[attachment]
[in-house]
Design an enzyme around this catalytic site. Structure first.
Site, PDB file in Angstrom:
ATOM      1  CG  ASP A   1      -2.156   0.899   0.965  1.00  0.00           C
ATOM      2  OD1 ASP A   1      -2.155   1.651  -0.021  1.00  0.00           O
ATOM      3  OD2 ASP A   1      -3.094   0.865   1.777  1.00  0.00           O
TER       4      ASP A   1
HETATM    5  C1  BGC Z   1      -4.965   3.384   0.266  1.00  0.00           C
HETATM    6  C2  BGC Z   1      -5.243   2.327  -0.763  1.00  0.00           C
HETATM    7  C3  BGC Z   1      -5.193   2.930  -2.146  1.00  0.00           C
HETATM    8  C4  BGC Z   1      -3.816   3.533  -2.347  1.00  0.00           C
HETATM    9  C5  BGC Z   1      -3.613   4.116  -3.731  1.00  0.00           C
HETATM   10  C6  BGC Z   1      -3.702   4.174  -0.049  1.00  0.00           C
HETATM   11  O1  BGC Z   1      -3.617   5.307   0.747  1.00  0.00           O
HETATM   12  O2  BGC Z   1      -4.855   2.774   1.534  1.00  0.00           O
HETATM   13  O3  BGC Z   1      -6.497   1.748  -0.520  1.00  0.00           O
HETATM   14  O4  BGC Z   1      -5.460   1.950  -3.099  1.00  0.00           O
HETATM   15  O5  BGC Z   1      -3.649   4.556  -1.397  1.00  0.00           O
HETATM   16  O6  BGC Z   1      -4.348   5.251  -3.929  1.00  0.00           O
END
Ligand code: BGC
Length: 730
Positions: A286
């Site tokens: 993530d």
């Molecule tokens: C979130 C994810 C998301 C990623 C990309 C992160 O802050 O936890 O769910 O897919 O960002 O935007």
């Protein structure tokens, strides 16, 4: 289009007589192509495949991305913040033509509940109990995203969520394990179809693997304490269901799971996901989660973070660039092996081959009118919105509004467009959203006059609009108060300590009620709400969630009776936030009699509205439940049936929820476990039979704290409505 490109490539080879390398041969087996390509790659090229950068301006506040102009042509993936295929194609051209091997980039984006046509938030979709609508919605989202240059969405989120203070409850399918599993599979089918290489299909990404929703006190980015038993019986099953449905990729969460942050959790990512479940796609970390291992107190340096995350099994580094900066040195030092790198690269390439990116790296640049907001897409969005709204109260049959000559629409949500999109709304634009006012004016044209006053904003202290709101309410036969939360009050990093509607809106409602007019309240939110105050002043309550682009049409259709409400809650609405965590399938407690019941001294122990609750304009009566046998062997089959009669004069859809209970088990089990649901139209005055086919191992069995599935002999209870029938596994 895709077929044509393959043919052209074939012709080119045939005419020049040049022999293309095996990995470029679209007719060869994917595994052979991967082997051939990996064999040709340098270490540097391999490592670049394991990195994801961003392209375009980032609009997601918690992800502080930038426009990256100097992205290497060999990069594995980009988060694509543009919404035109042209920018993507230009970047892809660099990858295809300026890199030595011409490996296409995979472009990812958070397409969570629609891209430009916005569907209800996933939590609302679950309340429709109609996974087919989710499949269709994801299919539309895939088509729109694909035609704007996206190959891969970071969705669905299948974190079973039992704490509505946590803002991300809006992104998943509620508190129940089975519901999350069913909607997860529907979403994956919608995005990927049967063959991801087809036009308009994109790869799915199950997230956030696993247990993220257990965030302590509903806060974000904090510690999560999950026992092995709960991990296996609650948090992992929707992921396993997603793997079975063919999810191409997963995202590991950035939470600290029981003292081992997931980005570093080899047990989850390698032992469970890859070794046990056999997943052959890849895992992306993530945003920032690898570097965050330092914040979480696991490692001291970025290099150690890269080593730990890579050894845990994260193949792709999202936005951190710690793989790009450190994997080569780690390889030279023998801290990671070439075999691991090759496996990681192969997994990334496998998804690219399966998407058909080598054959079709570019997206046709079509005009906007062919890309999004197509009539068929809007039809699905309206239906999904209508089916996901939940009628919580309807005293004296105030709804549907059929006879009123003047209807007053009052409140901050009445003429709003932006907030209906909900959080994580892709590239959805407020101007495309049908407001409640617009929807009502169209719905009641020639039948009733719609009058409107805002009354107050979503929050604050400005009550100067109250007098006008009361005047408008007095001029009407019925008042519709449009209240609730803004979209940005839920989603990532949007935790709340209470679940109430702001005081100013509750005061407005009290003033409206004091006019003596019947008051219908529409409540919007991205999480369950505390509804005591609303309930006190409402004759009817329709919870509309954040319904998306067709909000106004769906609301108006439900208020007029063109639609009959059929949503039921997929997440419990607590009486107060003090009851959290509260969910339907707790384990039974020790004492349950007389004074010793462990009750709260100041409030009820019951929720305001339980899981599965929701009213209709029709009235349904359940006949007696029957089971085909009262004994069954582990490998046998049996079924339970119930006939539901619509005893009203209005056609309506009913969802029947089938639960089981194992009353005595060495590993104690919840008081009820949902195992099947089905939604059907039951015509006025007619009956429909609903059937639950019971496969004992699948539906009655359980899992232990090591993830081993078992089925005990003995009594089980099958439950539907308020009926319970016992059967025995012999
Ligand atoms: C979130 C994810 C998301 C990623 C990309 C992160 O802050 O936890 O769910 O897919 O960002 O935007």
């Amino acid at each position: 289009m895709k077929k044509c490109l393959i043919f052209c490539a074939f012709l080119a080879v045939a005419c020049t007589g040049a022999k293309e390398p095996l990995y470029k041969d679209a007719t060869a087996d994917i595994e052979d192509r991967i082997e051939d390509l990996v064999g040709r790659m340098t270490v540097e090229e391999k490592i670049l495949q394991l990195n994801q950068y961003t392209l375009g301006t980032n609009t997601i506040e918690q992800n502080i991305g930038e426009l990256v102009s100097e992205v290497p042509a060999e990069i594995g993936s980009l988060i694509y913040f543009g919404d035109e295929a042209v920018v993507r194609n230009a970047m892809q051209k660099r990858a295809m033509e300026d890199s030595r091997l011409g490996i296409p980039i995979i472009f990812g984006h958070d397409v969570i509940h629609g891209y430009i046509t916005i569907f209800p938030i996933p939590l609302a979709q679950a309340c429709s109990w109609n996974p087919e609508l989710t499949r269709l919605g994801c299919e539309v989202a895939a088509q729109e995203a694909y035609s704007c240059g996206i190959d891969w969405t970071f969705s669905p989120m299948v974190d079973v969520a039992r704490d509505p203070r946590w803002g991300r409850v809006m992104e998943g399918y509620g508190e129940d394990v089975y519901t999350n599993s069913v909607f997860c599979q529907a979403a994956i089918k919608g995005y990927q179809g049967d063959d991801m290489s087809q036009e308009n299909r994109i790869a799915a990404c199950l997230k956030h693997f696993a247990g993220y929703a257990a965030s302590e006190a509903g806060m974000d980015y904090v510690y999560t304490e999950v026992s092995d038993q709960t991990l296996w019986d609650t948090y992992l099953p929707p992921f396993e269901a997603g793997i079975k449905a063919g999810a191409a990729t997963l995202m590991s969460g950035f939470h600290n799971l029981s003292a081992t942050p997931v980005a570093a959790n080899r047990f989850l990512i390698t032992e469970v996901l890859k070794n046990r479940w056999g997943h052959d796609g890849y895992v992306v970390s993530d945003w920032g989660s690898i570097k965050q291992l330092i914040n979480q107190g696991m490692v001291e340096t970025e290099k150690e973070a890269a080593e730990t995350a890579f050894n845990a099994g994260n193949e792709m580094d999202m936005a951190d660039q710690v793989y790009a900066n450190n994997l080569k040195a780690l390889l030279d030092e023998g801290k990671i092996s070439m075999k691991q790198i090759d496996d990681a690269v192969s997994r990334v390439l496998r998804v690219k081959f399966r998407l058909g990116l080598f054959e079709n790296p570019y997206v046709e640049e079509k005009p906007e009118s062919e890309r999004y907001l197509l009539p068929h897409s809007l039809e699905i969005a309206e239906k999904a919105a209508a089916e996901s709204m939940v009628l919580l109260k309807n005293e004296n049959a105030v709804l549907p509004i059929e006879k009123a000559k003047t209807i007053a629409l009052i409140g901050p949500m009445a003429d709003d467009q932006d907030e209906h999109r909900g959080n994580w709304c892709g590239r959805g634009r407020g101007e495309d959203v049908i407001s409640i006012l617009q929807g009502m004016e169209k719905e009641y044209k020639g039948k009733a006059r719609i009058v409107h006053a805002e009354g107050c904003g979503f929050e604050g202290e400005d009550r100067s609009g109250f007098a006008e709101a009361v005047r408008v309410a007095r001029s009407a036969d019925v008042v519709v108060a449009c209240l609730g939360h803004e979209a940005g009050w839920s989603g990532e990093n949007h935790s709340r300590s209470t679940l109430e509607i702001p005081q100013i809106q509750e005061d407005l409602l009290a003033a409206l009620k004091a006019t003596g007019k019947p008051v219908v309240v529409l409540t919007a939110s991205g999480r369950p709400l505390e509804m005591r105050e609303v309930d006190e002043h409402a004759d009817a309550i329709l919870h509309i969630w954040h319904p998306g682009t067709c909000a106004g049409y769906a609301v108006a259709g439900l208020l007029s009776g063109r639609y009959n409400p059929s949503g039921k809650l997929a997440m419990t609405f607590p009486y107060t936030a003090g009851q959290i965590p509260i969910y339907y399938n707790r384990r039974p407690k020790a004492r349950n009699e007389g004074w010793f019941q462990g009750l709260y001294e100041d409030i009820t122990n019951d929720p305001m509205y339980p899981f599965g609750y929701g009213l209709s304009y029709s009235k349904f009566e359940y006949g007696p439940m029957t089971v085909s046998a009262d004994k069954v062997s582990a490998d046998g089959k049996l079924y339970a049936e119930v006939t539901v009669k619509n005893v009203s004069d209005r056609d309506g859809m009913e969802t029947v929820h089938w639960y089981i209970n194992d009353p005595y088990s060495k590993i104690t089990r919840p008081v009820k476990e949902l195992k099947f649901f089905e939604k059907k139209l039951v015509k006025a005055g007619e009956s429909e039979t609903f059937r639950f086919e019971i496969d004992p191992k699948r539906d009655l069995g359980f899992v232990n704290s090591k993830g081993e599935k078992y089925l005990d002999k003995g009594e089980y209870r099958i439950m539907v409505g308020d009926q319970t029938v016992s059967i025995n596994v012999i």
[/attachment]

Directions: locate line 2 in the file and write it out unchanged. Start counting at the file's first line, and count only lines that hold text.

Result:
Design an enzyme around this catalytic site. Structure first.